The staff at a bank in India have been blamed for allowing termites to eat their way through banknotes worth 10 million rupees, or $225,000.
The State Bank of India says an enquiry into the latest incident has been held.
“The branch management has been found guilty of laxity due to which the notes were damaged by termites in the Fatehpur branch of Barabanki district,” State Bank of India Chief General Manager Abhay Singh told the Press Trust of India.
“Action will be taken against those responsible in the matter,” he said. “As it was the bank’s fault, it will bear the loss caused due to termites… there will be no loss to the public.”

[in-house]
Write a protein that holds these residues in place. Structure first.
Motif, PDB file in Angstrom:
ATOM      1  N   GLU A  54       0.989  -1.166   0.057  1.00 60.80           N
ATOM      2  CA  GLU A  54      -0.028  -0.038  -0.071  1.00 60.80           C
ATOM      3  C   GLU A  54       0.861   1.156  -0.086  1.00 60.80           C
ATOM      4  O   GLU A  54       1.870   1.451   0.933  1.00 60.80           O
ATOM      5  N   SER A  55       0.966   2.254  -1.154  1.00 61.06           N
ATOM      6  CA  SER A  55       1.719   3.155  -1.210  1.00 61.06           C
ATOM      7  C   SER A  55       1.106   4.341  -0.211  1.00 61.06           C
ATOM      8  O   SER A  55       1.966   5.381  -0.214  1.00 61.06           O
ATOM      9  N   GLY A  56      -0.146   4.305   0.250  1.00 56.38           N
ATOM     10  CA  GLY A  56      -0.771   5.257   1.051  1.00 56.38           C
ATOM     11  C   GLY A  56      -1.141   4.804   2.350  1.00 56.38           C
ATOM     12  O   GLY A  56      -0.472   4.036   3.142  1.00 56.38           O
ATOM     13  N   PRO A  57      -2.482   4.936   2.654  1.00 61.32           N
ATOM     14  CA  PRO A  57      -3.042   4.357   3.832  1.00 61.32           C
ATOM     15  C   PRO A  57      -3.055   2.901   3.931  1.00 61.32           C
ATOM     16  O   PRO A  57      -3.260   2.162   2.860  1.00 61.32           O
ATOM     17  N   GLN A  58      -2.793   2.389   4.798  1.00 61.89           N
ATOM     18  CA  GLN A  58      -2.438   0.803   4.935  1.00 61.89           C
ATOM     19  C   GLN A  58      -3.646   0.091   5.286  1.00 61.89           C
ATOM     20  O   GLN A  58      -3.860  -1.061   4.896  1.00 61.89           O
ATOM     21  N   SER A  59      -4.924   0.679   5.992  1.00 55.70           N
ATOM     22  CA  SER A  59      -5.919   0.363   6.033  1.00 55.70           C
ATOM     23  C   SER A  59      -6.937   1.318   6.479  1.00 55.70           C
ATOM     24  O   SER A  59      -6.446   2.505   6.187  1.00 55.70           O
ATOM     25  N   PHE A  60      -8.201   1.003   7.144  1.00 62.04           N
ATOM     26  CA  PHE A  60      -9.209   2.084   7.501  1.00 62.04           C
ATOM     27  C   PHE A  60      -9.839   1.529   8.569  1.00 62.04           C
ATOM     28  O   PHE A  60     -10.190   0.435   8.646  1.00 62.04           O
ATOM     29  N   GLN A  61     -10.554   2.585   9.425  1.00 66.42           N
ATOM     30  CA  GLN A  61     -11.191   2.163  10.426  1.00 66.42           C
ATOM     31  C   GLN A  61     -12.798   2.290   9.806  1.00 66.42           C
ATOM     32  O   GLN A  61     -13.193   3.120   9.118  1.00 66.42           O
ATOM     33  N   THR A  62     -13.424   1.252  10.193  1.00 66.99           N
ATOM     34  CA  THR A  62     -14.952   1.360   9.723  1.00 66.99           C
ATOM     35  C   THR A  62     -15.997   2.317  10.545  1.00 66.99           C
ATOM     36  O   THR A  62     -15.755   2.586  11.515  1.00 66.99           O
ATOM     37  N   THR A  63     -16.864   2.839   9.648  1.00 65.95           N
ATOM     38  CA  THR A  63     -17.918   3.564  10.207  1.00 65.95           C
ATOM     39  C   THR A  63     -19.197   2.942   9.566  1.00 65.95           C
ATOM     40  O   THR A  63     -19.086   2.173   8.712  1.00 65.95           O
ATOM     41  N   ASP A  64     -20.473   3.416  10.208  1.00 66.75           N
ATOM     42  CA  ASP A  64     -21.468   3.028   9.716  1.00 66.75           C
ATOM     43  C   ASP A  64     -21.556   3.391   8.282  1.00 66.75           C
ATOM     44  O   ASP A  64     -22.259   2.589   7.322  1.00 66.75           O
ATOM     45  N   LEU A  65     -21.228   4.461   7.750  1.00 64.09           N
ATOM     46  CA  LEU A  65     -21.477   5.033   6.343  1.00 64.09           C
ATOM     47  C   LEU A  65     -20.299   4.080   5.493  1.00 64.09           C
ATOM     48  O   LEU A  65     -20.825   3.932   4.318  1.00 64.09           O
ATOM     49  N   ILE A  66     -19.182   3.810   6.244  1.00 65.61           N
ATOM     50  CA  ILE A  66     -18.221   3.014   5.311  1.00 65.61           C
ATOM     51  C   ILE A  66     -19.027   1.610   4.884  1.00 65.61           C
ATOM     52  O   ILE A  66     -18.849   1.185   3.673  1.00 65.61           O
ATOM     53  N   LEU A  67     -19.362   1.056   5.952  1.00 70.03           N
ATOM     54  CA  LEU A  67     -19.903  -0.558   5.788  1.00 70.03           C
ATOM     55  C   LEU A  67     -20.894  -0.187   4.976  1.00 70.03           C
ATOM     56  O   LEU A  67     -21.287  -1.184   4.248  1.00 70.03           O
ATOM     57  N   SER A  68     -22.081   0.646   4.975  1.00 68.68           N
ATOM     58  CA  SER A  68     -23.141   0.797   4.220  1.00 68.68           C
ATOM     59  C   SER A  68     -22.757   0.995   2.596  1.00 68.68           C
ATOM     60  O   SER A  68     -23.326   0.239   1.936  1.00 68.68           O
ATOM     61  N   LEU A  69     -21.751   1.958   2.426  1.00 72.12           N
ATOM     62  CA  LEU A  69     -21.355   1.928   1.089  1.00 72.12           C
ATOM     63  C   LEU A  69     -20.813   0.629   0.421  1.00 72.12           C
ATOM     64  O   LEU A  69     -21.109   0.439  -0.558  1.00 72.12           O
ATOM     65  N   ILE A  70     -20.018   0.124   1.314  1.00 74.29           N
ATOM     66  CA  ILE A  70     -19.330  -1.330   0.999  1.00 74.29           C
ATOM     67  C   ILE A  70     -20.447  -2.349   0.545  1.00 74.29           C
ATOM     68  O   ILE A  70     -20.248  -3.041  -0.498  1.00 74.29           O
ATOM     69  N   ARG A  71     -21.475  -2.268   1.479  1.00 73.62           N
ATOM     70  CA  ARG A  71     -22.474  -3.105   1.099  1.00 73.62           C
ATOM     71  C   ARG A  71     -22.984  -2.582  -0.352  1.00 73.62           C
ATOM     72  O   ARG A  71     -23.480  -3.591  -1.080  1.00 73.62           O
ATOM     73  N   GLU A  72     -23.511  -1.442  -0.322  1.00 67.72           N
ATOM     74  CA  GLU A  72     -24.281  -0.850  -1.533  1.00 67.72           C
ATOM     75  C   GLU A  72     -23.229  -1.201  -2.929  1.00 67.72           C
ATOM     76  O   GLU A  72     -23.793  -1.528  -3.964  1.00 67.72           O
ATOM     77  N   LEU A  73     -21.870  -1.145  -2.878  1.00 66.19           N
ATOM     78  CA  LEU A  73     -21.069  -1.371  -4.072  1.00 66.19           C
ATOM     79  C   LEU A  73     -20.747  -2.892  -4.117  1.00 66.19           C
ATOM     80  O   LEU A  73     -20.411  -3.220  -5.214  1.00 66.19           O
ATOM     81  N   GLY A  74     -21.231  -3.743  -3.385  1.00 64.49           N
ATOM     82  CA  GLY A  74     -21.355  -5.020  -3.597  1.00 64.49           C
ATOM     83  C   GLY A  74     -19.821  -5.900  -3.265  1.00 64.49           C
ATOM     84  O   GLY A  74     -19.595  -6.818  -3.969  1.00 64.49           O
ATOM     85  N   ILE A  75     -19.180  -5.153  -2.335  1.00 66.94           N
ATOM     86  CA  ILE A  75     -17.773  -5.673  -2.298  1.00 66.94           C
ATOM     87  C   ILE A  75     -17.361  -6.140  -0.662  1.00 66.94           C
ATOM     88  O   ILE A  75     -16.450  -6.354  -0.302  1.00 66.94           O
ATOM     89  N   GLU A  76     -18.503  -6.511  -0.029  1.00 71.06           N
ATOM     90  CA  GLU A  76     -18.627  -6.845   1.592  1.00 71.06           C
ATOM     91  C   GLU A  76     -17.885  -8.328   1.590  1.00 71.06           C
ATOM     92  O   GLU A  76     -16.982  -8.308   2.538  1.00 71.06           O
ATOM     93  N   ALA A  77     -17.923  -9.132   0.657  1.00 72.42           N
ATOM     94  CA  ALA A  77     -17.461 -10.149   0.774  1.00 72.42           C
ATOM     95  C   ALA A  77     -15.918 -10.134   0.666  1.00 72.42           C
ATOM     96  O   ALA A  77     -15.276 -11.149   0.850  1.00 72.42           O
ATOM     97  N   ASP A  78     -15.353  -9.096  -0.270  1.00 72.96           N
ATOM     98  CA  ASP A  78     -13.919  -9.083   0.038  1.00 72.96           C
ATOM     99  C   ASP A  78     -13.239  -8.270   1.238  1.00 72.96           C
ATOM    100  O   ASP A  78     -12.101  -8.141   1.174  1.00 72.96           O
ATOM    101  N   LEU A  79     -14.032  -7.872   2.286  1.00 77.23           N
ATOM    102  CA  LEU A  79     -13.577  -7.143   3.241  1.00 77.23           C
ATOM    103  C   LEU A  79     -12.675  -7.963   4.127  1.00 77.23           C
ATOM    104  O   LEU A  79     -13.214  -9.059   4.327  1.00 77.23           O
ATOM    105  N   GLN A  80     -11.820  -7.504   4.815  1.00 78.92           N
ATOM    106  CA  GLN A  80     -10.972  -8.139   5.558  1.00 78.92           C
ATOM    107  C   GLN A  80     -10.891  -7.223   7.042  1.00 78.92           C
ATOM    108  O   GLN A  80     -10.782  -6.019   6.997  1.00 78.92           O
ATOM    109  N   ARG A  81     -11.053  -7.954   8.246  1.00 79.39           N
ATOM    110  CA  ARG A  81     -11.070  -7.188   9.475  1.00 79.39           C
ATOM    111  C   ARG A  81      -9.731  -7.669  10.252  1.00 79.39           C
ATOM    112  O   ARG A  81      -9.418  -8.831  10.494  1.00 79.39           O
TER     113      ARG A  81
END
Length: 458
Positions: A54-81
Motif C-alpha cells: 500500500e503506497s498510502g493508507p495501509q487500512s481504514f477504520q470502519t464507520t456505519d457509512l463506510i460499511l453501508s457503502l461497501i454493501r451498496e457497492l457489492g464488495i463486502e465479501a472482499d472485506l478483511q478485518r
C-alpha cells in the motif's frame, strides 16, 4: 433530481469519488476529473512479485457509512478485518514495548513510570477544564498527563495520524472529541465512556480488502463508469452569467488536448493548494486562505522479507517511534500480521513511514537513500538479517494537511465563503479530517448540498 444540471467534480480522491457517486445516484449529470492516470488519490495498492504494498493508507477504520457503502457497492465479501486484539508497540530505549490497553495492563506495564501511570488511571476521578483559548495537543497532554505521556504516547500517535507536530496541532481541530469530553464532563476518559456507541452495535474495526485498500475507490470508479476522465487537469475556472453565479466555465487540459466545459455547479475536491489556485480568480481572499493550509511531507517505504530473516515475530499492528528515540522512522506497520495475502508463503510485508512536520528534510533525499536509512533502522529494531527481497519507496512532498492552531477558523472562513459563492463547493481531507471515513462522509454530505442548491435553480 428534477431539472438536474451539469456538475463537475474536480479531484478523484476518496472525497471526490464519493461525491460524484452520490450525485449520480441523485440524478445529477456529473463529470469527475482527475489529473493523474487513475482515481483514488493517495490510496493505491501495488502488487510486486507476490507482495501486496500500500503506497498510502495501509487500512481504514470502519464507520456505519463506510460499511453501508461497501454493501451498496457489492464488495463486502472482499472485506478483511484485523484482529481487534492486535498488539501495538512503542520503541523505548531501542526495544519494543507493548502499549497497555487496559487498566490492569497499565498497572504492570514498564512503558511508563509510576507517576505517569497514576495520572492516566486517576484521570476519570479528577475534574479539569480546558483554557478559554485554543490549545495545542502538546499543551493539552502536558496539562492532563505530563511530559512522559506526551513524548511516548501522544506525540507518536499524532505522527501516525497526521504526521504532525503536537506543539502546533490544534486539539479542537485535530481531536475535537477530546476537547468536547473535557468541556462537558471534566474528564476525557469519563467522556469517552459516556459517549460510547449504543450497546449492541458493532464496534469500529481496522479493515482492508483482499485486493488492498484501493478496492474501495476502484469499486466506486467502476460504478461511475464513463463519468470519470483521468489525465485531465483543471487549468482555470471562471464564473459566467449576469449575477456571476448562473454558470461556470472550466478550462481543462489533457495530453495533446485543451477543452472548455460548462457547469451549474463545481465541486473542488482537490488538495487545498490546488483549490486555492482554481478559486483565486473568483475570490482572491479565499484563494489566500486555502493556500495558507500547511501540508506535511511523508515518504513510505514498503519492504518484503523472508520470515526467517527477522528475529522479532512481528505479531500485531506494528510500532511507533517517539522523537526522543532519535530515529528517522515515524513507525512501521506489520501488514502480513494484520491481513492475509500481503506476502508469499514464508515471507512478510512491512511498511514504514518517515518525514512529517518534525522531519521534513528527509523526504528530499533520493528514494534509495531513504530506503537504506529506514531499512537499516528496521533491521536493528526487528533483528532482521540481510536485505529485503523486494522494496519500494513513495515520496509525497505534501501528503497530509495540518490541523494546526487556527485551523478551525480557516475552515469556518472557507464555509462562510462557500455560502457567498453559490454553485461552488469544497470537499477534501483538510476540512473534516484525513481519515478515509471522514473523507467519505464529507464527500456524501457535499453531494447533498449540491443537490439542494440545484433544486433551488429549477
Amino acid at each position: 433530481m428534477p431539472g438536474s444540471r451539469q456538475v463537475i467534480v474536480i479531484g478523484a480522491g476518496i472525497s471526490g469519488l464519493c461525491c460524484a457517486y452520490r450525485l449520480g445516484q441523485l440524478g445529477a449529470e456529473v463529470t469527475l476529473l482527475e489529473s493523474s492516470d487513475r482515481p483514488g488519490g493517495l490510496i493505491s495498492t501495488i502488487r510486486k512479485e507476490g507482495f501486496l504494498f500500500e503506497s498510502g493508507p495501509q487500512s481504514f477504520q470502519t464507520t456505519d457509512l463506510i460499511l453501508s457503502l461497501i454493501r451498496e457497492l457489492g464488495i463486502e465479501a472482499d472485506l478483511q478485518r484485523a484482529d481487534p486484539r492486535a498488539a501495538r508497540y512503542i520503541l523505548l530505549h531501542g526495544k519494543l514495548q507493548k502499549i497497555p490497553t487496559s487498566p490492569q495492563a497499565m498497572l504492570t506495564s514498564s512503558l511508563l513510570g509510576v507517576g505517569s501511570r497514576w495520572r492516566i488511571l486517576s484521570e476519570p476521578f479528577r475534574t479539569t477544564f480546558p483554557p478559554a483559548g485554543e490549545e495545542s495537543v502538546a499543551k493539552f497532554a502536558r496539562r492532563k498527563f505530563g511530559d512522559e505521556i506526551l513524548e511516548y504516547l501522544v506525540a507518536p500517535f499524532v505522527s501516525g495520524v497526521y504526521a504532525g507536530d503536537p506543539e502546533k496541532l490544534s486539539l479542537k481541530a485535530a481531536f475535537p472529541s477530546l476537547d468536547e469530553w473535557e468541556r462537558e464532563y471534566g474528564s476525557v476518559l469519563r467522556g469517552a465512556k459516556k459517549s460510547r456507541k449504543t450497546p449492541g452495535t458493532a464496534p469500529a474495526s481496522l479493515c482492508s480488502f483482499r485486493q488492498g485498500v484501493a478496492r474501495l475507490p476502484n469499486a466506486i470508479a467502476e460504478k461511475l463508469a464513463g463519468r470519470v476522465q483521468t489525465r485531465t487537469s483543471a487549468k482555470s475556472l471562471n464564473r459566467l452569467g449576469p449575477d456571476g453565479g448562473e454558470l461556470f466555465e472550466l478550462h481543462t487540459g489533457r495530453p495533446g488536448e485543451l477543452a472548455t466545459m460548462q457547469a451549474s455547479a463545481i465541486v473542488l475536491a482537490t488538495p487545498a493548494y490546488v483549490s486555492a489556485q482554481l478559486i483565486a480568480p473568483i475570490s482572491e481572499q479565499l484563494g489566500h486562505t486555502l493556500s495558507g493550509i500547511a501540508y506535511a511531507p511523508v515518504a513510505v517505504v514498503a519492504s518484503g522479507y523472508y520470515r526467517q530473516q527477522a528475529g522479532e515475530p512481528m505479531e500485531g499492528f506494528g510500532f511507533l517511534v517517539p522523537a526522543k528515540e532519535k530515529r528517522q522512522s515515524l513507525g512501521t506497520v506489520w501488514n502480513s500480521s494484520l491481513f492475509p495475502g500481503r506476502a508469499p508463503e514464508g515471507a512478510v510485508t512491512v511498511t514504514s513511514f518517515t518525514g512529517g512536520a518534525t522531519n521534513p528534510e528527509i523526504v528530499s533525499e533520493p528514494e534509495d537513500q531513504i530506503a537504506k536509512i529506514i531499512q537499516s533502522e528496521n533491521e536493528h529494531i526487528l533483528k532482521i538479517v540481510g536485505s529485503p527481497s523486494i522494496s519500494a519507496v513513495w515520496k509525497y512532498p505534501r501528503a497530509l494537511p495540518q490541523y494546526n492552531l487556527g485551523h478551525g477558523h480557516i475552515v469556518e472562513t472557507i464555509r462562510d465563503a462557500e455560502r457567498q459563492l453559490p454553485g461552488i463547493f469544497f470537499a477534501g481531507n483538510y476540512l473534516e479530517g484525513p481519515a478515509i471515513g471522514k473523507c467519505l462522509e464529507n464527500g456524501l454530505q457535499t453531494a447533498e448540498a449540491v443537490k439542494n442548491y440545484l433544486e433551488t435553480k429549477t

Bank officials discovered that the notes – kept in a strong room – had been damaged by termites earlier this month.
Singh said that directives had now been issued to all branches that stored currency in strong rooms to ensure that the condition of the cash is checked every two months, the BBC reported.
Apparently, the branch where the money was stored was old, seldom properly cleaned and known to be a haven for termites.
“It was earlier brought to the notice of the management that termites were damaging files and furniture. Efforts are on to relocate the bank at some other place,” Singh said.
A similar incident happened in 2008, when termites in Bihar state ate a trader’s savings stored in his bank.
In that incident, the trader lost his life savings after termites infested his bank’s safe deposit boxes and ate the contents. The trader had deposited currency notes and investment papers worth hundreds of thousands of rupees.